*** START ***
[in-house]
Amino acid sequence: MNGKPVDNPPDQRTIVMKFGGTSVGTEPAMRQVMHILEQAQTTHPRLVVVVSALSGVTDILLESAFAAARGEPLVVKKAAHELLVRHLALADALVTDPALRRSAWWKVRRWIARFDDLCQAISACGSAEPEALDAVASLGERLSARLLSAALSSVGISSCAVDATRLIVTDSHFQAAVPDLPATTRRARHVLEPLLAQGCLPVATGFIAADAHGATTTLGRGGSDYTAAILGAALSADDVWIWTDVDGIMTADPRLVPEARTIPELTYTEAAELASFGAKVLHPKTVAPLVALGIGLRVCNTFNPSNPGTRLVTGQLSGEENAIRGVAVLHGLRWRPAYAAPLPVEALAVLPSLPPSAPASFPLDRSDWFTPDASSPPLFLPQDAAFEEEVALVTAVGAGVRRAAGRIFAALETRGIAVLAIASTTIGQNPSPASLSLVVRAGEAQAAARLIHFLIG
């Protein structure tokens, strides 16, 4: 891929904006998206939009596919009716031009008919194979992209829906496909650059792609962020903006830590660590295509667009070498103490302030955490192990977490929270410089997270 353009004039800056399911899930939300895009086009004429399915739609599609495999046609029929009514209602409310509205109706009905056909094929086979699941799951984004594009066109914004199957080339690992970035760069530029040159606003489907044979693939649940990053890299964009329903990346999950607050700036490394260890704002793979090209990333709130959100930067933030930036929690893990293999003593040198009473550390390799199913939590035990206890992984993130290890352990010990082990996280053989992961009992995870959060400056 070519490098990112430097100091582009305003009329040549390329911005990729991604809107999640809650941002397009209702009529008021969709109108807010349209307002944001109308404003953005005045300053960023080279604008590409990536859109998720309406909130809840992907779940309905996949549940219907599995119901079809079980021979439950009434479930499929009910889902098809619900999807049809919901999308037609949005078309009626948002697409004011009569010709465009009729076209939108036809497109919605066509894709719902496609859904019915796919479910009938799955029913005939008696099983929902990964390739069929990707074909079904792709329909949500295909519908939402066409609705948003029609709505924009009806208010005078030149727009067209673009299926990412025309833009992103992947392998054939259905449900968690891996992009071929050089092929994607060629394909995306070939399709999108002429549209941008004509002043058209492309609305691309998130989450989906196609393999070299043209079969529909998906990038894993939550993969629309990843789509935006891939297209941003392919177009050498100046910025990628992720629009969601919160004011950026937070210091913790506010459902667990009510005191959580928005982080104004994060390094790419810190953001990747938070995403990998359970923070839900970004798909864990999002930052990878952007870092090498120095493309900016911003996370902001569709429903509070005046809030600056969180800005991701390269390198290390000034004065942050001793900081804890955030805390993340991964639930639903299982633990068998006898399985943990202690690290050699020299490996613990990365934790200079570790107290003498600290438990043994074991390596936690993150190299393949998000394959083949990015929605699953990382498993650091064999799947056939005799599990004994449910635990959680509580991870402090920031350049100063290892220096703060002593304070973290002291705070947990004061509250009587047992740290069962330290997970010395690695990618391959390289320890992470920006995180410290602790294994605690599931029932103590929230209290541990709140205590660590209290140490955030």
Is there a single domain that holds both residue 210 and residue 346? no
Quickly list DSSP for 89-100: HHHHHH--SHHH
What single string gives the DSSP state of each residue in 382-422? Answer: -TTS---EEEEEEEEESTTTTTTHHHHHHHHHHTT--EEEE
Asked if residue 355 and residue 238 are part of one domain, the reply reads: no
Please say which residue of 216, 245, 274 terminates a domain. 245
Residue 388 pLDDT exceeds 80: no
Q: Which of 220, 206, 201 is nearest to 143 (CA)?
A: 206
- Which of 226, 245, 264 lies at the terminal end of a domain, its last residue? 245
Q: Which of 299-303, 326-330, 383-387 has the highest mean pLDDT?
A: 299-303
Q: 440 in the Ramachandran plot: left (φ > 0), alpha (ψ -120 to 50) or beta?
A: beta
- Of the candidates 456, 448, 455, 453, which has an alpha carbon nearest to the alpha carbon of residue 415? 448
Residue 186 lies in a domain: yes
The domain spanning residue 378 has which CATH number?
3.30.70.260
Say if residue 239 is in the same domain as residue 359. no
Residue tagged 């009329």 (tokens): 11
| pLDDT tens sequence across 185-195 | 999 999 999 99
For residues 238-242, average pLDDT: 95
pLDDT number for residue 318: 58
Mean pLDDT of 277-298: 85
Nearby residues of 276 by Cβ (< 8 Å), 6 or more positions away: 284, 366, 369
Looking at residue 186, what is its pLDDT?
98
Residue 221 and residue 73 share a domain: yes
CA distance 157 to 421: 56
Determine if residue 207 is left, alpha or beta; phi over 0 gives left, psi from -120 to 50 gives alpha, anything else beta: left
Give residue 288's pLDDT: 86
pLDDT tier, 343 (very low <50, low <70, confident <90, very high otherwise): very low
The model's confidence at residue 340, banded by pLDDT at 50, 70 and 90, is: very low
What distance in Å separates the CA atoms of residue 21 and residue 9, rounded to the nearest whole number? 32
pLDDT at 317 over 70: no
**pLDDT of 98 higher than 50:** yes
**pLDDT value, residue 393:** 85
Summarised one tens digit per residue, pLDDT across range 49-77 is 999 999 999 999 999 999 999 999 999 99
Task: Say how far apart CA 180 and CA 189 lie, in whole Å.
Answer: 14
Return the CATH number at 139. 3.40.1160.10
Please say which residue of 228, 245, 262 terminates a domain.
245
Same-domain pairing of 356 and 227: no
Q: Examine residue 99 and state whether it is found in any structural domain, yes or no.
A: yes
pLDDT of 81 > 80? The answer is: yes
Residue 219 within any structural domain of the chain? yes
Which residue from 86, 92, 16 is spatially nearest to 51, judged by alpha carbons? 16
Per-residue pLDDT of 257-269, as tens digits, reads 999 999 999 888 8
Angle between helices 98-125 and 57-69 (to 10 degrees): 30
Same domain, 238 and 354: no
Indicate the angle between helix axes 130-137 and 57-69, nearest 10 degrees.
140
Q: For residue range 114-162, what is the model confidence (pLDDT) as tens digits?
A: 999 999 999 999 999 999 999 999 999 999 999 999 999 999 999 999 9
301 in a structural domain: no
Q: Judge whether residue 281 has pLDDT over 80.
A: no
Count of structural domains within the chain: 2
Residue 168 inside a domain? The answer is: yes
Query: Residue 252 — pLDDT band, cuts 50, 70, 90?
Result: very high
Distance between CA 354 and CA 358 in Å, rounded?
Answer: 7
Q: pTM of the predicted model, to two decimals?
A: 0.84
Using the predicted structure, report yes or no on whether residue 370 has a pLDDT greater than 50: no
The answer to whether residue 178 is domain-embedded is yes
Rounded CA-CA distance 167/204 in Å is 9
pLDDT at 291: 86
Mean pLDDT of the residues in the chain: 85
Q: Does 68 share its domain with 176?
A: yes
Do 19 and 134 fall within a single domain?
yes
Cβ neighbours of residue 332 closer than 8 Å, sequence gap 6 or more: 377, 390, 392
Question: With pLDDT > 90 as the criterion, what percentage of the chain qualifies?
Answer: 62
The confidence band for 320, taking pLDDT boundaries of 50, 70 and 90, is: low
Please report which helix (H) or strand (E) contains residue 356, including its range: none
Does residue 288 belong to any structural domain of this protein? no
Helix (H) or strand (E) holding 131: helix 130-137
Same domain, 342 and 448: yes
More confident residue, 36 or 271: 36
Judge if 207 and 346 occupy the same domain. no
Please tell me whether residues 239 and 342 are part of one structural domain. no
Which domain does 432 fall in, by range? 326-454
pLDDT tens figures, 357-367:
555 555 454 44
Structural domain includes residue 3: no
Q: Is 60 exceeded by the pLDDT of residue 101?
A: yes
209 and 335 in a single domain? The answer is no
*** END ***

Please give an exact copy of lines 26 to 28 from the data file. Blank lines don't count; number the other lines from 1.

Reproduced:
Mean pLDDT of 277-298: 85
Nearby residues of 276 by Cβ (< 8 Å), 6 or more positions away: 284, 366, 369
Looking at residue 186, what is its pLDDT?